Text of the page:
In May 2016 a new project was pushed to the official Google Github repo named flexbox-layout. It is an Android layout manager which offers similar behaviour to the CSS flexible box layout module. In this series we’ll take a look at FlexboxLayout and try and gain some insights in to how it works and how to get the best out of it.
Before we dive in it is worth mentioning that the format of this series is goiing to be a little different to normal. Normally I like to annotate working code, but in this case the requirements are a little different. The code itself isn’t actually going to change a great deal, but we’re going to be exploring the effects of changing XML asttributes on the layout itself and the child items. To achieve this there is a companion app which has been published to Google Play Store which allows you to control the various attributes. The source code of the app will be published in due course, but in the meantime I courage you to download the app and play along as we go!
It is also worth mentioning that I shall be approaching the explanations in this series very much from an Android perspective – that is, I’ll be using the standard Android layouts as a point of reference and highlighting where FlexboxLayout can give similar results.
To use FlexboxLayout in your project first add a dependency to your build.gradle:
Then it is simply a case of including it in your XML layouts (or programatically, if necessary) – I won’t go in to more detail here as the examples on the Github repo should be more than sufficient.
In very basic terms, FlexboxLayout is closest to LinearLayout because it positions its children sequentially – each child is positioned after the previous one. One thing that we need to do with LinearLayout is set the orientation, and that brings us neatly on to the first attribute of FlexboxLayout that we’re going to look at:
This controls the direction of flow when laying out the children and is, as already suggested, similar to how
orientation works for LinearLayout. The values
column are equivalent to horizontal and vertical orientations respectively. However there are also two other values we can use
column_reverse these do exactly the same thing only they lay the children out in the opposite direction. For example,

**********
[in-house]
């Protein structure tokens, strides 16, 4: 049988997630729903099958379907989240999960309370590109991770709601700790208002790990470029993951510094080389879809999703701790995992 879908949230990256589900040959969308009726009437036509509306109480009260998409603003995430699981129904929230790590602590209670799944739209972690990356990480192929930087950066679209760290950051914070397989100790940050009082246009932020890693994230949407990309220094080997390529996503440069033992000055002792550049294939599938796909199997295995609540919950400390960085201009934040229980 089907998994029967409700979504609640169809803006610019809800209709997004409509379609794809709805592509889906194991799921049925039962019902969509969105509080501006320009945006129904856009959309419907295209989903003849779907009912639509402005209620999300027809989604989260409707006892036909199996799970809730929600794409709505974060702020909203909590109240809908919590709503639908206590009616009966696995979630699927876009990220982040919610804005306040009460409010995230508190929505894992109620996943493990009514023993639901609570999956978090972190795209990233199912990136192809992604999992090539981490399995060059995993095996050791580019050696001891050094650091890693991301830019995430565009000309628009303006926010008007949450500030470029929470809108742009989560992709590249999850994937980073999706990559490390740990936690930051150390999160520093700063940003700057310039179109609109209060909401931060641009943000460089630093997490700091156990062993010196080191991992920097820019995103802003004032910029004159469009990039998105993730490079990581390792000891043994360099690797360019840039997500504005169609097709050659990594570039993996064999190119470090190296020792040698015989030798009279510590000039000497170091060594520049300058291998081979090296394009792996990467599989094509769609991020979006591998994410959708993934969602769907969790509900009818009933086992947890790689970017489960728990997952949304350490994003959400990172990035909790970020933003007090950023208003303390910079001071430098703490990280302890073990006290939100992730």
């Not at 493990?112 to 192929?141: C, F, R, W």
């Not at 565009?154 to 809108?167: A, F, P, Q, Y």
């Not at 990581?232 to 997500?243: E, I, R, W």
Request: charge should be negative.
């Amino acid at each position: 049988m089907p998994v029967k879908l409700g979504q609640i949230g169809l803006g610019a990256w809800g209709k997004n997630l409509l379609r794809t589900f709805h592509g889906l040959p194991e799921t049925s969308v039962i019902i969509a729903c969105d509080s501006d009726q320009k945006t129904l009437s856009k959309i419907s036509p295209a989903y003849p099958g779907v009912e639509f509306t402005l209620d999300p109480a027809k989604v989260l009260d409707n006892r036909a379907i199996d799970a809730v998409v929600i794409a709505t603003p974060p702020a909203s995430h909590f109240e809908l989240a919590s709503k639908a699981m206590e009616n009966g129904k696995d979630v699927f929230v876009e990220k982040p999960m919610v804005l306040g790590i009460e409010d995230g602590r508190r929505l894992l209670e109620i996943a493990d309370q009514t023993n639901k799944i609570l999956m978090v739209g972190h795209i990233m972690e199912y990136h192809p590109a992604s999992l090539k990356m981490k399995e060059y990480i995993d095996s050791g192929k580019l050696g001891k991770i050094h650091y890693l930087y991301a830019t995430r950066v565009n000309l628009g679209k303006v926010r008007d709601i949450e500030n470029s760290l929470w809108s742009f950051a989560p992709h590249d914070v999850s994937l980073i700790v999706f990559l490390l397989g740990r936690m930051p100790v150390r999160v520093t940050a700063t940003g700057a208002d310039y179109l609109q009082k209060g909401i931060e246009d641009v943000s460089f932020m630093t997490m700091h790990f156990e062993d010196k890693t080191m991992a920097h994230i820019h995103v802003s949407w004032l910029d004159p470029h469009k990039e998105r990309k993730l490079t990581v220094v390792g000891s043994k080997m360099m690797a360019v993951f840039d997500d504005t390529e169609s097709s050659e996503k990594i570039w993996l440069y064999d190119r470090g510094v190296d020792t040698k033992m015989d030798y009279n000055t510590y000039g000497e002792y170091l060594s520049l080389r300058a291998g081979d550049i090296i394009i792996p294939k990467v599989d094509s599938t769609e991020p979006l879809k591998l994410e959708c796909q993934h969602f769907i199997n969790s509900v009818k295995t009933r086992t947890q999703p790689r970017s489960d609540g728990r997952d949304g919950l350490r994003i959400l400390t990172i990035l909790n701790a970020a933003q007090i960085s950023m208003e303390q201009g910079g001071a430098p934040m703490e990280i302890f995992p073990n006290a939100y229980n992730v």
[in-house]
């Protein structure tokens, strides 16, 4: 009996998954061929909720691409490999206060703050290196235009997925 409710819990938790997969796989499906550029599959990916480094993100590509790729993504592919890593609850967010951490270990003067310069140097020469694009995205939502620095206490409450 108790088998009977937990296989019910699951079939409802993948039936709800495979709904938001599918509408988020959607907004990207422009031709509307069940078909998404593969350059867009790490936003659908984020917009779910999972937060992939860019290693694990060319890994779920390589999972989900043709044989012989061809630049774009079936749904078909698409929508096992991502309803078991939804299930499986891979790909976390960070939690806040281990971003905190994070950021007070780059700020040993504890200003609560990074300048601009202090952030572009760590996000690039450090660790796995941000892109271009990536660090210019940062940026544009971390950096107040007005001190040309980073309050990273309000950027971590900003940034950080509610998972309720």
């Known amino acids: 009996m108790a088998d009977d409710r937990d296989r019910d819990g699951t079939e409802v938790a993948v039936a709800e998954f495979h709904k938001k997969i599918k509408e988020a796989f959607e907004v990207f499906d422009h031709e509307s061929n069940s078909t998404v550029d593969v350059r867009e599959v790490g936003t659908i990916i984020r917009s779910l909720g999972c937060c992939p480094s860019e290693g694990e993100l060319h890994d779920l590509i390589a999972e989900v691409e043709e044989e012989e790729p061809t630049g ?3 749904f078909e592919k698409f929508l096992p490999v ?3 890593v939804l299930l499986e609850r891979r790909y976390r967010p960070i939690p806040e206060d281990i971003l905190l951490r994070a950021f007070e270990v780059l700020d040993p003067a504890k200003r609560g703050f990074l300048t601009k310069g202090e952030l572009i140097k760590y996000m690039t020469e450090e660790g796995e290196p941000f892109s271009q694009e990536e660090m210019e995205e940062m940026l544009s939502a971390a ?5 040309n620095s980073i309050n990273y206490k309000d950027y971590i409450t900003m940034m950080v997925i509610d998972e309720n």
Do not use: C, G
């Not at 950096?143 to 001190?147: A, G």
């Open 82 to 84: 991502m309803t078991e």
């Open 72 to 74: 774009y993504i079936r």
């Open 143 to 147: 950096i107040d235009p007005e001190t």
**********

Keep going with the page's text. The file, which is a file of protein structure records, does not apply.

row will start at the left and will place each subsequent child to the immediate right of the previous one:
row_reverse will start at the right and place each child to the immediate left of the previous one:
There are a couple of terms which we need to define here as they will be referenced throughout the remaining definitions. The main axis is the direction of flow defined by the
flexDirection and the cross axis is the axis perpendicular to the main access. So for
row_reverse the main axis would the horizontal axis and the cross axis would be the vertical axis. Remember these – you’ll need them later!
The first major difference between FlexboxLayout and LinearLayout is the behaviour when the flowed children reach the bounds of the layout itself. For LinearLayout the children are simply clipped so that once the layout bounds have been exceeded, adding subsequent child Views will simply position them outside of the layout. With FlexboxLayout we can control this behaviour using the
flexWrap attribute. If we set this to
nowrap then when we add children after we have filled the layout along the main axis, they will be added at the end and preceding children will be shrunk to make room. There is some finer-grained control that we can do on this, and we’ll discuss this when we look at child attributes later in the series.
The way that child items are positioned along the main axis is controlled by
justifyContent. At a superficial glance this may appear similar to
flexDirection, until we look at it a little closer.
flexDirection controls the order of the child items whereas
justifyContent controls the relative positioning. The possible values are
alignItems controls the positioning and sizing of items along the cross axis. The possible values are
This is where it can get slightly confusing because
alignContent appears be the same as
alignItems but actually there is a subtle difference which has a major effect on behaviour! Whereas
alignItems controls how items are positioned within their own line,
alignContent controls the line itself. In Android-like terms it’s similar to TableRow within TableLayout: Using
alignContent is similar to applying layout attributes to TableRow; whereas
alignItems is similar to applying layout attributes to the child views representing the individual table cells. The possible values are
The best way to get an understanding of
alignContent really is to play with it. In my app, set
Flex wrap to
Wrap, add some additional cells (by clicking the AppBar “Add” action) until it wraps on to a second row, set alignContent to stretch to enable you to visualise the line dimensions, and then play with different values of alignItems.
So that’s pretty powerful and flexible (yeah, I know!) stuff. But there’s a lot more. In the next article we’ll look at how we can control individual child items as well.
The app is available in the Google Play Store, and the source code for the app will be published at the conclusion of this series.
© 2016, Mark Allison. All rights reserved.
Copyright © 2016 Styling Android. All Rights Reserved.
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